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What You Need to know to Win a Claim

By: J.A.J Aaronson - Updated: 21 Nov 2012 | comments*Discuss
 
Compensation Claim Occupational Health

The vast majority of compensation claims are now carried out through professional organisations like claims management companies or claims assessors. These firms take on much of the actual work of the claims process, apparently making a claim simple.

That said, there are a number of significant pieces of information that you, as the claimant, should gather in order to maximise your chances of concluding a successful claim.

Time & Location

This may seem obvious, but it is vitally important that you know the exact location and time of the incident in question. This is particularly important if the accident happened some time ago; there are strict time limits for bringing a case, and if you exceed these limits your claim will be thrown out by default. Further information on exact time limits is available in an article elsewhere on this site.

It is equally important that you know where the incident occurred, as this could have implications for the respondent’s defence. If, for example, you cannot prove where an incident occurred for which you are bringing an occupational injury claim, your employer may have a good defence in suggesting that their negligence cannot be proven.

Documentary Evidence

Similarly, simply ‘having an injury’ is not sufficient information to win a claim. Rather, you must be able to provide extensive details of the nature of your injuries and the effect that they have had on your life. Details of the extent of your injuries can be provided by your GP; this must take the form of a signed declaration by a relevant member of the medical profession.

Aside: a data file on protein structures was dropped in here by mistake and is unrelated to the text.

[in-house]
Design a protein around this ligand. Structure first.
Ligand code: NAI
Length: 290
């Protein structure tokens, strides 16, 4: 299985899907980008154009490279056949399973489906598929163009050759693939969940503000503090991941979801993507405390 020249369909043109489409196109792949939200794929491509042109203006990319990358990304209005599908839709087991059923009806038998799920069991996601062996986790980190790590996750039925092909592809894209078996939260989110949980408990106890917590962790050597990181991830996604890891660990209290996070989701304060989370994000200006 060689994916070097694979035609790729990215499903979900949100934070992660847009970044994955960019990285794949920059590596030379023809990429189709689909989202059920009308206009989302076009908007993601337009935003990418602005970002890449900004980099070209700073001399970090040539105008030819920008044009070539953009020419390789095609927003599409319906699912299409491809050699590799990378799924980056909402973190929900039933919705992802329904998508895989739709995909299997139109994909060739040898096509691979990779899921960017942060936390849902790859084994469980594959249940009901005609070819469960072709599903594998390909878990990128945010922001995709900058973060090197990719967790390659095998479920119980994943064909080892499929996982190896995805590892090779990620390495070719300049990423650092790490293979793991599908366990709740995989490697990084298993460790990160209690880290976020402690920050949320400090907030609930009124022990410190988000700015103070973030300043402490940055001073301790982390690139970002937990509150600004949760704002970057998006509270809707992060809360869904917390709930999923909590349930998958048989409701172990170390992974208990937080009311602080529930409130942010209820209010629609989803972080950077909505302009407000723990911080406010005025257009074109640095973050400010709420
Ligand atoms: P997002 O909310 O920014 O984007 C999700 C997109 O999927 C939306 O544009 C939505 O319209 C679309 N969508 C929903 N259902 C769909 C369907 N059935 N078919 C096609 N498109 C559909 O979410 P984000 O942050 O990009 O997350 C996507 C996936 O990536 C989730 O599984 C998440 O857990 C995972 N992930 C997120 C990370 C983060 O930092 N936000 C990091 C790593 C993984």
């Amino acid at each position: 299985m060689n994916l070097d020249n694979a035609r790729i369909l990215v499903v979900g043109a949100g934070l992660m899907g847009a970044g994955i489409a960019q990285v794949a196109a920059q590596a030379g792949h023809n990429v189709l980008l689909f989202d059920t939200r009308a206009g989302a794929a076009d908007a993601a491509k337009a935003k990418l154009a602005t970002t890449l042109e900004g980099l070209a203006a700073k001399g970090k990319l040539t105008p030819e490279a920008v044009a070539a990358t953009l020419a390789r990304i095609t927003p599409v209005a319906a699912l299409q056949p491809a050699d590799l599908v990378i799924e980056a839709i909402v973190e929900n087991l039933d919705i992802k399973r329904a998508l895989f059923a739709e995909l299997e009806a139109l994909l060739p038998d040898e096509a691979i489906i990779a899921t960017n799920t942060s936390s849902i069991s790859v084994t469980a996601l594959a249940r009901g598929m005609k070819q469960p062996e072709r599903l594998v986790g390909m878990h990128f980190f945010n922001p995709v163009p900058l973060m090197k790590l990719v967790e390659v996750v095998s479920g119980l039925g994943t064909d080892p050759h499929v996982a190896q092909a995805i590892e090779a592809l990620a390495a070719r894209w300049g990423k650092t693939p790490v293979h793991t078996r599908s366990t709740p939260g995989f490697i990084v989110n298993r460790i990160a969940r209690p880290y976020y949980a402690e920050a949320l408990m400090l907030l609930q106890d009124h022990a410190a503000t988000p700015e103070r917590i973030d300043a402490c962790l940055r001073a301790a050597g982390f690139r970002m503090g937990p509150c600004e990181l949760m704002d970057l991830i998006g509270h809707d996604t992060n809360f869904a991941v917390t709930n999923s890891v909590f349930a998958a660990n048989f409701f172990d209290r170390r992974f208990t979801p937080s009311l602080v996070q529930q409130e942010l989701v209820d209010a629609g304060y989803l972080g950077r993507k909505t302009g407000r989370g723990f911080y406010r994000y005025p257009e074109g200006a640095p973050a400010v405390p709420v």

The effect that your injuries have had is more difficult to quantify. However, you must provide evidence if you suggest that the incident has caused you lost earnings; a signed statement from your employer will be sufficient for this. Similarly, if you have been forced to make unusual arrangements or alterations to your home as a result of your injuries (for example if you have had to install a ramp for wheelchair access) you must also be able to provide details of these, including their cost.

Occupational Injuries

There are several important things that you will need to know if you are to make a successful occupational injury claim. In the first instance, you should speak to your trade union representative (if you have one) to ascertain whether your individual case is more likely to succeed through direct negotiation with your employer, the standard claims procedure, or a health and safety tribunal. If you don’t belong to a union then a specialist solicitor will be able to help you with this, although you should be aware that there will be a charge for this service.

In general terms, for your claim to be successful you should be able to provide as much information relating to your case as you possibly can. This may be documentary or it may be testimony from eye-witnesses or colleagues. In either case, preparation and a bit of background reading are the keys to a successful compensation claim.

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